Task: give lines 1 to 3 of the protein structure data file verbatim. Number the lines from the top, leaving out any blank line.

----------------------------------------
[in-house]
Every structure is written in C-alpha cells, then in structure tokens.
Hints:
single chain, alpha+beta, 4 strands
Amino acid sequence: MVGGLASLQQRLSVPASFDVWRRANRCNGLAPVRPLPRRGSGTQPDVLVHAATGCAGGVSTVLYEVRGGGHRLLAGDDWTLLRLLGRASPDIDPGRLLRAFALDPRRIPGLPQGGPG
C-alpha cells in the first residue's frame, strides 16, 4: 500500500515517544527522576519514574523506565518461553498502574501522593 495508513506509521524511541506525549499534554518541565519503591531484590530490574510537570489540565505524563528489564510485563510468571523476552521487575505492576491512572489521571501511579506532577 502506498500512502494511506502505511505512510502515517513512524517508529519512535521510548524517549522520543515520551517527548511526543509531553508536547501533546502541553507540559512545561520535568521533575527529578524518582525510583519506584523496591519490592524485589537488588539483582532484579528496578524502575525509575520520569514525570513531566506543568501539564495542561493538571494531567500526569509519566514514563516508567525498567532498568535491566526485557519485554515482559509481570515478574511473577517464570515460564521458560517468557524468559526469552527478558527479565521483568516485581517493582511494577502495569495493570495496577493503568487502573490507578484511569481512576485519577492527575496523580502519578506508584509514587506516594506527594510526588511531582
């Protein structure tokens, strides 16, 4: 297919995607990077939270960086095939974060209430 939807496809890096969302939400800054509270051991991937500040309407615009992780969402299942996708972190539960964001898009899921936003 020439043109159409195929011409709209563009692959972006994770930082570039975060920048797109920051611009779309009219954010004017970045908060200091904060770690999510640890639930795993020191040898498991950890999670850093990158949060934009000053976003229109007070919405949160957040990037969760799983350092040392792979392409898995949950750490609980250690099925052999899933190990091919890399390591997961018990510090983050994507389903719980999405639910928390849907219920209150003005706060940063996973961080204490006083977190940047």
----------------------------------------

[in-house]
Every structure is written in C-alpha cells, then in structure tokens.
Hints: